News (USA)

Trump claims media did not cover Pulse shooting, other terrorist attacks

Trump terrorism press speech
President Donald Trump speaking at MacDill Air Force Base in Tampa, Florida. Photo: Video screenshot, ABC

President Trump has continued his attack on the media by claiming terrorist attacks in the United States and Europe are going under reported.

Trump made the bogus claim while speaking on Monday at MacDill Air Force Base in Tampa, Florida.

“Radical Islamic terrorists are determined to strike our homeland, as they did on 9/11, as they did from Boston to Orlando to San Bernardino, and all across Europe,” Trump said. “You’ve seen what happened in Paris and Nice. All over Europe it’s happening.”

“It’s gotten to a point where it’s not even being reported,” he continued. “And in many cases the very, very dishonest press doesn’t want to report it. They have their reasons, and you understand that.”

Without providing further evidence or explanation for the accusation, he moved on to declaring that “America and its allies” will defeat the “forces of death and destruction.”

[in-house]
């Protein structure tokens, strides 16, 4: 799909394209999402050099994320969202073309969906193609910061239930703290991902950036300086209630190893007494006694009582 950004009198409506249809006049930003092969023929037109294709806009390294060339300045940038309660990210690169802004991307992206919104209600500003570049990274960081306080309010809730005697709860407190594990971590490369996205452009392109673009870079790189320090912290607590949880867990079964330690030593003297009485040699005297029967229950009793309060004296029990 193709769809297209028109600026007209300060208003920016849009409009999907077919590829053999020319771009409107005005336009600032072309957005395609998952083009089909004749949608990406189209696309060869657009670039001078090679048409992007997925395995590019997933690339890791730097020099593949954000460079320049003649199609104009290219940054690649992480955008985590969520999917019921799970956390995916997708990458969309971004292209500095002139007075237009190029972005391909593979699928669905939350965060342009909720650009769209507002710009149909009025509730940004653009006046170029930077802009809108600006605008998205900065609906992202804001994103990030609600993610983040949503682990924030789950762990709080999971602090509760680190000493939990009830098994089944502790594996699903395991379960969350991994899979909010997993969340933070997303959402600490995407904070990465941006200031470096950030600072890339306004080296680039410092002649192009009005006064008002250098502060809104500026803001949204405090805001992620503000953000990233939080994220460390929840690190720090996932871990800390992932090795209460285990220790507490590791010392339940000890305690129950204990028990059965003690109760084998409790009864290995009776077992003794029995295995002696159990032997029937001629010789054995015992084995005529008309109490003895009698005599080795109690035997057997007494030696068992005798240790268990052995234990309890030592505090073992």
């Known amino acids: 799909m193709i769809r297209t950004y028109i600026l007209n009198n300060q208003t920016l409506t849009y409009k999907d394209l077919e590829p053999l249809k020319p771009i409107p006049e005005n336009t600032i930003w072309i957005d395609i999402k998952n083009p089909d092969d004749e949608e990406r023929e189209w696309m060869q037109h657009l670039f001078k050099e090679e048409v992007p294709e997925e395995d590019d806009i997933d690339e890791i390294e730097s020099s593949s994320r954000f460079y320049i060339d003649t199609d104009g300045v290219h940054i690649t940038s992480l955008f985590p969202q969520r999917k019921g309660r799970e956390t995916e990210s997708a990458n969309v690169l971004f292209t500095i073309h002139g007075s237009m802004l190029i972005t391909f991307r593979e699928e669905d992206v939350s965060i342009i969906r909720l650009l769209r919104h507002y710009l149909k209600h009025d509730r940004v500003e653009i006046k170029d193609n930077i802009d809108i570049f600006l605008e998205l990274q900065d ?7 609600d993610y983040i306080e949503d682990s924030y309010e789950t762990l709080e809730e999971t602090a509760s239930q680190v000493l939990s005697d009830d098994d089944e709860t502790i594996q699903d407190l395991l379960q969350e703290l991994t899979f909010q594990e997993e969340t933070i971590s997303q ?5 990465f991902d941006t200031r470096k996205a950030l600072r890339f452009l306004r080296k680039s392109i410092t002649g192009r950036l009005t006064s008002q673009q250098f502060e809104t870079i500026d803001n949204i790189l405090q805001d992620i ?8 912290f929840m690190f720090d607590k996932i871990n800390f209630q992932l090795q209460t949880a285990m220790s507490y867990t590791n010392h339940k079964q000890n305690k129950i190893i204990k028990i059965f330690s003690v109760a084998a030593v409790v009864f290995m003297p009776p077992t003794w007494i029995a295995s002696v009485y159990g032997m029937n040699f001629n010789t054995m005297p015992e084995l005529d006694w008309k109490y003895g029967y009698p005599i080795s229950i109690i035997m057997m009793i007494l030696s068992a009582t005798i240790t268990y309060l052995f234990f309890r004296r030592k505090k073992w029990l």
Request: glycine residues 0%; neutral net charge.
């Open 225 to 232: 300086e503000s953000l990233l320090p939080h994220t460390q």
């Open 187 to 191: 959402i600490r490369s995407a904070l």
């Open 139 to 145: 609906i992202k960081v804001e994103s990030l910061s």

Politifact has rated Trump’s claim “pants on fire” for its impressive level of falseness.

Press Secretary Sean Spicer told reporters on Air Force One that the president feels the attacks have been “underreported.”

A few hours after Trump’s speech, the White House released a list of 78 terrorist attacks, saying “most did not receive adequate attention.”

“Below is a list of 78 major terrorist attacks targeting the West that were executed or inspired by ISIS since September 2014, soon after the terror group declared its caliphate. Most of these attacks did not receive adequate attention from Western media sources,” said a White House official when distributing the list, reports CNN.

It includes the mass shootings at the Orlando LGBTQ nightclub, Pulse, and in San Bernardino, both of which received intense coverage.

White House spokeswoman Lindsay Walters said that “the real point here is that these terrorists attacks are so pervasive at this point that they do not spark the wall-to-wall coverage they once did.”

“If you look back just a few years ago, any one of these attacks would have been ubiquitous in every news outlet, and now they’re happening so often — at a rate of more than once every two weeks, according to the list we sent around — that networks are not devoting to each of them the same level of coverage they once did,” she added.

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